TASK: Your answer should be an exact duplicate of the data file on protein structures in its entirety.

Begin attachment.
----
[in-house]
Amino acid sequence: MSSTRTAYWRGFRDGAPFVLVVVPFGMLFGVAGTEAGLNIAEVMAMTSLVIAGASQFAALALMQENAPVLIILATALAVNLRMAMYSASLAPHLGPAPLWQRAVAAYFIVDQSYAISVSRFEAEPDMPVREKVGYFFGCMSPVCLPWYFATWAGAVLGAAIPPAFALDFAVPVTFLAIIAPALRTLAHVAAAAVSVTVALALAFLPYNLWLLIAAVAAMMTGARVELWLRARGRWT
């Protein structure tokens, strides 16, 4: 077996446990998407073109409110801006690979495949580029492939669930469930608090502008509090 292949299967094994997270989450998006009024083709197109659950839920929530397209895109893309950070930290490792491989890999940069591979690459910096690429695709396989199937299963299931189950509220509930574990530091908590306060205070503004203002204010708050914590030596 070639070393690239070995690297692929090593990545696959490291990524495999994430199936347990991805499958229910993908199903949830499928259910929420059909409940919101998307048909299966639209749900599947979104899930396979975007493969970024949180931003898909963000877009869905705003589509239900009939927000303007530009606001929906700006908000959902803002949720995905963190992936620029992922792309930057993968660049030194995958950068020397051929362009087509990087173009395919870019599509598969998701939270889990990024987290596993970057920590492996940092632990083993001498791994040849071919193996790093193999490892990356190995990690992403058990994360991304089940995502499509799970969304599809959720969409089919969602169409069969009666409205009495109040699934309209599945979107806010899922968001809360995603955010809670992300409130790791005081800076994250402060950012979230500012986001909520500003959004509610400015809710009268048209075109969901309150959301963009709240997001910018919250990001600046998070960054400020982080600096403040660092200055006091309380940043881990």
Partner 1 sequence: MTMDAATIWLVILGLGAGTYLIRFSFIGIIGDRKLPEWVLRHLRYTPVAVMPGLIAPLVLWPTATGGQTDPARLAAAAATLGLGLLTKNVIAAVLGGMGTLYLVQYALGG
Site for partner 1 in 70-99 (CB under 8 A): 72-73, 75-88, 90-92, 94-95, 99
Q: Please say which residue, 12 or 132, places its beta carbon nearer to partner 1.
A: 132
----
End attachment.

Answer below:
[in-house]
Amino acid sequence: MSSTRTAYWRGFRDGAPFVLVVVPFGMLFGVAGTEAGLNIAEVMAMTSLVIAGASQFAALALMQENAPVLIILATALAVNLRMAMYSASLAPHLGPAPLWQRAVAAYFIVDQSYAISVSRFEAEPDMPVREKVGYFFGCMSPVCLPWYFATWAGAVLGAAIPPAFALDFAVPVTFLAIIAPALRTLAHVAAAAVSVTVALALAFLPYNLWLLIAAVAAMMTGARVELWLRARGRWT
């Protein structure tokens, strides 16, 4: 077996446990998407073109409110801006690979495949580029492939669930469930608090502008509090 292949299967094994997270989450998006009024083709197109659950839920929530397209895109893309950070930290490792491989890999940069591979690459910096690429695709396989199937299963299931189950509220509930574990530091908590306060205070503004203002204010708050914590030596 070639070393690239070995690297692929090593990545696959490291990524495999994430199936347990991805499958229910993908199903949830499928259910929420059909409940919101998307048909299966639209749900599947979104899930396979975007493969970024949180931003898909963000877009869905705003589509239900009939927000303007530009606001929906700006908000959902803002949720995905963190992936620029992922792309930057993968660049030194995958950068020397051929362009087509990087173009395919870019599509598969998701939270889990990024987290596993970057920590492996940092632990083993001498791994040849071919193996790093193999490892990356190995990690992403058990994360991304089940995502499509799970969304599809959720969409089919969602169409069969009666409205009495109040699934309209599945979107806010899922968001809360995603955010809670992300409130790791005081800076994250402060950012979230500012986001909520500003959004509610400015809710009268048209075109969901309150959301963009709240997001910018919250990001600046998070960054400020982080600096403040660092200055006091309380940043881990």
Partner 1 sequence: MTMDAATIWLVILGLGAGTYLIRFSFIGIIGDRKLPEWVLRHLRYTPVAVMPGLIAPLVLWPTATGGQTDPARLAAAAATLGLGLLTKNVIAAVLGGMGTLYLVQYALGG
Site for partner 1 in 70-99 (CB under 8 A): 72-73, 75-88, 90-92, 94-95, 99
Q: Please say which residue, 12 or 132, places its beta carbon nearer to partner 1.
A: 132